Catching Up With Olympians Amy Cragg, Desi Linden and Ryan Hall in Boston
By Jonathan Gault
April 15, 2016
BOSTON — The 2016 Boston Marathon takes place on Monday and elite athlete sponsor John Hancock rolled out the red carpet to some of America’s top marathoners, past and present. 2016 Olympians Meb Keflezighi, Shalane Flanagan, Amy Cragg and Desi Linden were all in attendance, as was 2008/2012 Olympian Ryan Hall, whose 2:04:58 is the fastest time ever by an American in Boston (or any marathon, for that matter).
We caught up with Linden, Cragg and Hall on Monday morning. Cragg spoke about checking out the Olympic marathon course in Rio, Linden discussed the differences between her Trials and Olympic buildups and Hall talked about what life is like with four young girls in the house and coaching his wife Sara as she prepares to run the London Marathon next week.
Ryan Hall says he has much more energy now that he’s retired from professional running
Hall said that retirement hasn’t felt too much different as he’s still been at training sessions every day overseeing wife Sara, whom he has been coaching in preparation for next week’s London Marathon (Ryan has taken over her training during this buildup but will hand the reins back to Steve Magness once Sara transitions back to the track this summer).
The one big difference is that Hall has far more energy than he did during his professional career, which allows him to do things such as bounce on the trampoline or play soccer with his daughters. Hall has also begun coaching middle schoolers. When Hall told them he was a 59-minute half marathoner, few of the kids were impressed, but once he mentioned he was a two-time Olympian, he got everyone’s attention.
Racing competitively is certainly something Hall would still like to do — his nine-year-old daughter in particular wants to watch him race — but he has no regrets about his decision to retire in January.
“I tried everything I could try over the past four years to get my body back to where it should be, but nothing was working,” Hall said. “It was all just leading back to this extreme fatigue. It was the right decision but I am sad that my girls never got to see me really fly.”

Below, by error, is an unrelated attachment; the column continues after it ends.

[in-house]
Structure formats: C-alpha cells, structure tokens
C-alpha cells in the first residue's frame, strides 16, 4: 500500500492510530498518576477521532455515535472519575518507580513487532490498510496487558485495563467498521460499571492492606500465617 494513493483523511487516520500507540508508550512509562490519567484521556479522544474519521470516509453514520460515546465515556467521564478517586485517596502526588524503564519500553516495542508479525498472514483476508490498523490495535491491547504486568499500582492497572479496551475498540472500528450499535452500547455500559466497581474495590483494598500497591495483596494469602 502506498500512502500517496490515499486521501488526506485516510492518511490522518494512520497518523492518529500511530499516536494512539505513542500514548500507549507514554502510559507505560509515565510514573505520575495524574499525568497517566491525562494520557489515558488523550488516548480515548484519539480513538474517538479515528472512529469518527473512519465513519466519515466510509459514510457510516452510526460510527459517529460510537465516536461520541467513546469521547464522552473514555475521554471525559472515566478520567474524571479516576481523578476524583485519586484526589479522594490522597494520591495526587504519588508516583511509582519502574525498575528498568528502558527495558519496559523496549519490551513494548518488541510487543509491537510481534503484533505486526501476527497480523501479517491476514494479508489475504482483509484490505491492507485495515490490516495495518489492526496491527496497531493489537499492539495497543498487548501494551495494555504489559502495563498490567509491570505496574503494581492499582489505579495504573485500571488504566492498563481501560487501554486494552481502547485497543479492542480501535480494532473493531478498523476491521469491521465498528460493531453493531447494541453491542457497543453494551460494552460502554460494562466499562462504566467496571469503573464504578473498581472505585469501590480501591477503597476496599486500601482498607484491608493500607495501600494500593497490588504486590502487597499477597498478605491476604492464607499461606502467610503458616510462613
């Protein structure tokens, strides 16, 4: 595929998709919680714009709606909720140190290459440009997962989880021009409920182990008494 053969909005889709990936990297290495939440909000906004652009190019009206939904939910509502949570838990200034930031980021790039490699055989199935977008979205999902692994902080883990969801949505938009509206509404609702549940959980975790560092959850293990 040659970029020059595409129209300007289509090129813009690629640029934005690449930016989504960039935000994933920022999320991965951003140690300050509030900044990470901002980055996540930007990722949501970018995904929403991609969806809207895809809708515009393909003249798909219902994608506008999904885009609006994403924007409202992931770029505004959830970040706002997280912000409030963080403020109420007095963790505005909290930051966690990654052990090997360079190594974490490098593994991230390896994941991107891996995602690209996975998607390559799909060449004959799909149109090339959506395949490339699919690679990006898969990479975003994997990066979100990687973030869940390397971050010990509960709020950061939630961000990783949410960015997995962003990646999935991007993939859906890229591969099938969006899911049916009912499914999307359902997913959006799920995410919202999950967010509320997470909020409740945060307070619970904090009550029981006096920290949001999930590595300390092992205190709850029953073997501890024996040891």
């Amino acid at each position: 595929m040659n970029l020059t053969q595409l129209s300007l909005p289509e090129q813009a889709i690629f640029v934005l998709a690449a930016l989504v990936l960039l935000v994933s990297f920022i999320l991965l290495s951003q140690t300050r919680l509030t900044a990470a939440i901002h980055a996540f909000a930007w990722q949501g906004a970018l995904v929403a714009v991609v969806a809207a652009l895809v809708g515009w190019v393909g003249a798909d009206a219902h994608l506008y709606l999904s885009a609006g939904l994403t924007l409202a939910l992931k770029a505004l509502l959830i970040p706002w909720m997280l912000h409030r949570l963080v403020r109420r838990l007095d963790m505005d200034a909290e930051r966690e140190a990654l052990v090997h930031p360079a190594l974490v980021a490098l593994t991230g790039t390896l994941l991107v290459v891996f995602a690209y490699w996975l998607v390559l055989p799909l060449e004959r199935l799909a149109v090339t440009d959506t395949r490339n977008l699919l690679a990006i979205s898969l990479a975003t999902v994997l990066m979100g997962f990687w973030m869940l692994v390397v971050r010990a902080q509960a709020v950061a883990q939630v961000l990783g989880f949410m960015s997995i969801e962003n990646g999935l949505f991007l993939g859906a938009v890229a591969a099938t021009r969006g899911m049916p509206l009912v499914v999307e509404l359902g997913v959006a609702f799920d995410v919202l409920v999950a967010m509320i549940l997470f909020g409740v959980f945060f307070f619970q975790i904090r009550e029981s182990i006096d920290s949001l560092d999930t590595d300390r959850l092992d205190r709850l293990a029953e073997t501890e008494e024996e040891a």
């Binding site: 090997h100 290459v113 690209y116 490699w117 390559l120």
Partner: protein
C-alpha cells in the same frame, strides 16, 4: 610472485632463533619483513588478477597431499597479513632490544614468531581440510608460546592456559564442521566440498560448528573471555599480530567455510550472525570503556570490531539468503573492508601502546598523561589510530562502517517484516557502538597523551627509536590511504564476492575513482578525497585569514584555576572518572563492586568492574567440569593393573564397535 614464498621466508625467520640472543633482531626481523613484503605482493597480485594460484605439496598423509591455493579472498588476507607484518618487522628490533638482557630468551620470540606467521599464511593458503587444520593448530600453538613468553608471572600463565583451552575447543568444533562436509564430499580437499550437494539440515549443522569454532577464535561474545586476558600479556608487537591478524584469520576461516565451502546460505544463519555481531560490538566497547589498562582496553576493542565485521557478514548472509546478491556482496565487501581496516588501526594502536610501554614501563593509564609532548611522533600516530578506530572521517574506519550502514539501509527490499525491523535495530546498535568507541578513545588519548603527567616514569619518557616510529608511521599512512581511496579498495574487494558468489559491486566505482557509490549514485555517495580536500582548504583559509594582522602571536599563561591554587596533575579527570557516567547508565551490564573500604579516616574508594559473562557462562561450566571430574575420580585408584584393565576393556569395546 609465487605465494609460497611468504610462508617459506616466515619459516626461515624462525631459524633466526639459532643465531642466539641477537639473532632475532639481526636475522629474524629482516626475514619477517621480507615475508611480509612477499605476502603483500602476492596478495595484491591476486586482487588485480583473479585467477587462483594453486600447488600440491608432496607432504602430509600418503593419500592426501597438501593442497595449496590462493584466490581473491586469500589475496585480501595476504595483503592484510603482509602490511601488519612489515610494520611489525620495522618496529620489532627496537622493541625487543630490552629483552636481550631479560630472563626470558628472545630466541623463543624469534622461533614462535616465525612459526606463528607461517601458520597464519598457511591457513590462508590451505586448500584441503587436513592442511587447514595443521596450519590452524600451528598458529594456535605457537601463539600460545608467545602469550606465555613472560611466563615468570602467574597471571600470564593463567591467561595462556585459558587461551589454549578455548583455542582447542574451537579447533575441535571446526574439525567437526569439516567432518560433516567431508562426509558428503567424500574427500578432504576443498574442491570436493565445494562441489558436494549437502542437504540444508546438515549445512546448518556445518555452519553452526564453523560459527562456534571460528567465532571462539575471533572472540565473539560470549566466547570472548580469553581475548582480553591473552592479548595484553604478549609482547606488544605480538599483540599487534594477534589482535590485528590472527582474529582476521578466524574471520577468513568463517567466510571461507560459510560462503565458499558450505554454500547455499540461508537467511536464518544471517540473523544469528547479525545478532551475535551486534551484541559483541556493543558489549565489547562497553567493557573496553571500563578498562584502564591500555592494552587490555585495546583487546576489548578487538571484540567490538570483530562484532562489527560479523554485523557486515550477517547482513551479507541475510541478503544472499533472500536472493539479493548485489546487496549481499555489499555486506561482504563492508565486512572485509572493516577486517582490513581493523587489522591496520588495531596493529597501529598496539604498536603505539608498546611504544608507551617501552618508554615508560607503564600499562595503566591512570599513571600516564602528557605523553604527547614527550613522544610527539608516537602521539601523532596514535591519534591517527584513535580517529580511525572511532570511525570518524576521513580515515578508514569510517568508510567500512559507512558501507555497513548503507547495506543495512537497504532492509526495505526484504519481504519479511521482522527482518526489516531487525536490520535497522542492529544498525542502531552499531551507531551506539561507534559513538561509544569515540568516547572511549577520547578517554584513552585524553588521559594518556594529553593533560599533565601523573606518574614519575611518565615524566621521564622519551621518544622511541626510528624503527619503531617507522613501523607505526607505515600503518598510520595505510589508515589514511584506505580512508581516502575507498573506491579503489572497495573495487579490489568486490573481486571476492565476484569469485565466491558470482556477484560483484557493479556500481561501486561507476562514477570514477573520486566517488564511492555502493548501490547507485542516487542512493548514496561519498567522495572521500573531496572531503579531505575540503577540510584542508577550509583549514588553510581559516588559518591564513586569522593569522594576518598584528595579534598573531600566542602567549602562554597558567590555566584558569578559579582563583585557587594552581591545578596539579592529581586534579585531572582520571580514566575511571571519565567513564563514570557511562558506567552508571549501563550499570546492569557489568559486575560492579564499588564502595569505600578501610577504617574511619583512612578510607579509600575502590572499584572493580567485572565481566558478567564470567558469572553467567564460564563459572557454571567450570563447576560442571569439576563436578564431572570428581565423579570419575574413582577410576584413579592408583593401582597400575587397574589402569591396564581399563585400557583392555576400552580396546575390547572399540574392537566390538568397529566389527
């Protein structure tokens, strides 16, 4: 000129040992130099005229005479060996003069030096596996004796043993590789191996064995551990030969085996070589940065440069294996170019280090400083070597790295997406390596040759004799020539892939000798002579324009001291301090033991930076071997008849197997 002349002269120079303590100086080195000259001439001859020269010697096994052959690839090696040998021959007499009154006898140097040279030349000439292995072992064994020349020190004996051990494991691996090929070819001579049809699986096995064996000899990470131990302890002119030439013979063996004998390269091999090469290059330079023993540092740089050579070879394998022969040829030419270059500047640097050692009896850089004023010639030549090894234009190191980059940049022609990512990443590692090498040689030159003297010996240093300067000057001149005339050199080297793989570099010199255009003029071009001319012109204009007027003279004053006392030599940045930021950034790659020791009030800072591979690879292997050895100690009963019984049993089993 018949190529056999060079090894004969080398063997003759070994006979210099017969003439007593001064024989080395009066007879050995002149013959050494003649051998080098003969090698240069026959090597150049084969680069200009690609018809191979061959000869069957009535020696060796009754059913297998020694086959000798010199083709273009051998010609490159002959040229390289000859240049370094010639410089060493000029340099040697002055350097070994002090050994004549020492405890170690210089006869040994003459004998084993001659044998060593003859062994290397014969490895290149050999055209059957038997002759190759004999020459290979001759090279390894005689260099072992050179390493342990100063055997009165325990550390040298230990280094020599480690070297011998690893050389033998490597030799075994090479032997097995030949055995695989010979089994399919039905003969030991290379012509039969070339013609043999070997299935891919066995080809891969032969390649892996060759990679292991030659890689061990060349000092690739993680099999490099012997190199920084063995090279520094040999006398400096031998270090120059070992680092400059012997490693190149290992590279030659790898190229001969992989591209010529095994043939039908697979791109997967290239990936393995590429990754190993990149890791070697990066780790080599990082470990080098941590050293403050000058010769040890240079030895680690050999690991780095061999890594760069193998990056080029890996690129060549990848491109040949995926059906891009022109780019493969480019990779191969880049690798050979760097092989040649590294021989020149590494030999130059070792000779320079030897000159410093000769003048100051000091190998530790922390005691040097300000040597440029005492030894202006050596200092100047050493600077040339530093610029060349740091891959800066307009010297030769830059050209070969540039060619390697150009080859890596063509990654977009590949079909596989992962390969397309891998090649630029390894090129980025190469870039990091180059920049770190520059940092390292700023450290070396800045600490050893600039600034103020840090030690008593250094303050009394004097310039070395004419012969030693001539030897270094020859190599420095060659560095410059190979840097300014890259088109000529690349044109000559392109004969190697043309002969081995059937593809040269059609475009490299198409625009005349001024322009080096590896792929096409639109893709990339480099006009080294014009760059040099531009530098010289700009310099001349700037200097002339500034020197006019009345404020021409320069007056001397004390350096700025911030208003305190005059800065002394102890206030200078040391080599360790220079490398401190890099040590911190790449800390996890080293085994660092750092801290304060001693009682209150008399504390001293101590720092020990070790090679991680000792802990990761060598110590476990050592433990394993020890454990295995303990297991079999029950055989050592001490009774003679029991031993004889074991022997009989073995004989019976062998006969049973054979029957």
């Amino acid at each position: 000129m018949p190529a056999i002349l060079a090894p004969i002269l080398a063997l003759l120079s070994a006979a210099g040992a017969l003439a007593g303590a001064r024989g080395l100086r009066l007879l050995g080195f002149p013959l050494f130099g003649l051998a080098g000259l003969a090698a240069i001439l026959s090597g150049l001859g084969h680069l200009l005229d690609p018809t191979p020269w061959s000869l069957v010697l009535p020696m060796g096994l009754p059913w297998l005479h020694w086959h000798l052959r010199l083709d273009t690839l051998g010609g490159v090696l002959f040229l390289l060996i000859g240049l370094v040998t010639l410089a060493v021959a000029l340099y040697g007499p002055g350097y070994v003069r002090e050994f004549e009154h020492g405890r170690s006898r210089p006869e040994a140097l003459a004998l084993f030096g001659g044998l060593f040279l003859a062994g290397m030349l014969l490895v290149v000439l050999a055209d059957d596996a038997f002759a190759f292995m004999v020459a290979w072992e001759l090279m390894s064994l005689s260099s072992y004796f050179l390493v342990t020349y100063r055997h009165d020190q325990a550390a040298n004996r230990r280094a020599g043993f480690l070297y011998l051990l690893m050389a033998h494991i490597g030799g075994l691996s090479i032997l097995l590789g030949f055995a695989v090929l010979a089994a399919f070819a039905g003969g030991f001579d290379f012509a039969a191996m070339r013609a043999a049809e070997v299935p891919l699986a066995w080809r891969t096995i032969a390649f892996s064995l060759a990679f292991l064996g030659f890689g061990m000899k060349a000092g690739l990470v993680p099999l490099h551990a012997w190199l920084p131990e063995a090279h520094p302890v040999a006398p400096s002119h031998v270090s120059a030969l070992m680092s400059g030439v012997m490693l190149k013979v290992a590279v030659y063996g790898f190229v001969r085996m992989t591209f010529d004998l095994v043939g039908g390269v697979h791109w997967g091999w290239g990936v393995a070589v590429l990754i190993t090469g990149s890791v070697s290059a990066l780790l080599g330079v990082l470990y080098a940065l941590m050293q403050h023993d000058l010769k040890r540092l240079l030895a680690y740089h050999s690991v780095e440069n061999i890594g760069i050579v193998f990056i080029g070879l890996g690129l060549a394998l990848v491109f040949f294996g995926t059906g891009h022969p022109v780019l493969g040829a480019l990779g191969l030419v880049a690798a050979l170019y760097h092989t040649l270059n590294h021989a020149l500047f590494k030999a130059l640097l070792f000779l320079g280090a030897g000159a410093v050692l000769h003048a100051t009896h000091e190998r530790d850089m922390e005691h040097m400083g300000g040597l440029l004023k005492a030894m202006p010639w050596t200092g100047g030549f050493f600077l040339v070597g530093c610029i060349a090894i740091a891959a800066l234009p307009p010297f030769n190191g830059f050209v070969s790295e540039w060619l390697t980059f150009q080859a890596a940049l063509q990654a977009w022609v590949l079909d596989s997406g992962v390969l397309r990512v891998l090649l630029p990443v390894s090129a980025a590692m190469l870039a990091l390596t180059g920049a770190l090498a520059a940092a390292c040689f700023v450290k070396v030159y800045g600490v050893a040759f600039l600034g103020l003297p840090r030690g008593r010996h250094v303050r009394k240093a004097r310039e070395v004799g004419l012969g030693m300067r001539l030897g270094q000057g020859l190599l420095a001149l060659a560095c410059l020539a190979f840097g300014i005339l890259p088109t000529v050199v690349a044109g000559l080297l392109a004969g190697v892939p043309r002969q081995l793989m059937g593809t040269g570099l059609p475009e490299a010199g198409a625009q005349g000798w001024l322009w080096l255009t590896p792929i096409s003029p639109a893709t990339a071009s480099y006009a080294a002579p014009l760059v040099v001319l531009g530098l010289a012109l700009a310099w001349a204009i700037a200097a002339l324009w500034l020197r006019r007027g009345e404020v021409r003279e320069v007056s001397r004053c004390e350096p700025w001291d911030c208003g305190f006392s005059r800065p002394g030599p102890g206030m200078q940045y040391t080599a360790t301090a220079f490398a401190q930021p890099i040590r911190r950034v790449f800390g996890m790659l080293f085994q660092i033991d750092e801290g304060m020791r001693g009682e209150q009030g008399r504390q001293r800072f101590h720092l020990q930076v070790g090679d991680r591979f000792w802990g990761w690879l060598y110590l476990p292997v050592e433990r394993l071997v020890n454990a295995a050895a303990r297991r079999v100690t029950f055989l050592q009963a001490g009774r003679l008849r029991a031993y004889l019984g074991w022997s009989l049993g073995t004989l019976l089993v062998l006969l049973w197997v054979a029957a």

He said that Sara has shown his daughters some of his best races on YouTube, but never with Ryan, who prefers to teach them about things like dinosaurs and the solar system — stuff they may not have been exposed to growing up in Ethiopia.
Desi Linden will race the U.S. Half Marathon Championships in two weeks
Linden said she took three weeks completely off after making the Olympic team, which provided a much-needed mental and physical break. By the time she came back, she was excited and ready to get into training again and said that she’s planning on running the U.S. Half Marathon Champs on April 30 in Columbus. After that, she’ll take another short break before getting into the meat of her Rio buildup.
Linden said that she expects to do more higher mileage weeks in her Rio buildup at a faster pace. She peaked at 125 in her Trials buildup, and while she expects that number to be the same, it will be preceded by bigger weeks — around 110 mpw vs. 80-90 prior to the Trials.
Linden will also throw out the pitch at tomorrow’s Red Sox game, though she’s been careful not to practice for it — last time she tried it at a Detroit Tigers game, her arm wound up becoming sore from practicing.
Post-Trials, Amy Cragg felt the best she ever has coming off a marathon
Cragg looked great in claiming the U.S. Marathon Trials title two months ago and it’s not a surprise that she felt the best coming off that race than any of her previous marathons. Though she said the first week back was a little iffy — she felt great for the first 20 minutes of one of her runs before cramping up on the way back — by the end of that week her body was back to normal.
Cragg just got back from previewing the Olympic marathon course in Rio and said that it’s pretty simple — flat and beautiful (much of it runs by the water). There are a couple turns at the end, but other than that there’s nothing too technical for runners to navigate.
Now it’s a waiting game until Cragg begins the buildup for the most important marathon of her life in earnest. She’s running and doing workouts right now, but knows she can’t really get after it and risk peaking too early.
“It’s hard because it’s really tiring but it’s nothing exciting,” Cragg said. “I don’t like it. I’m ready to go all-in, work hard again.”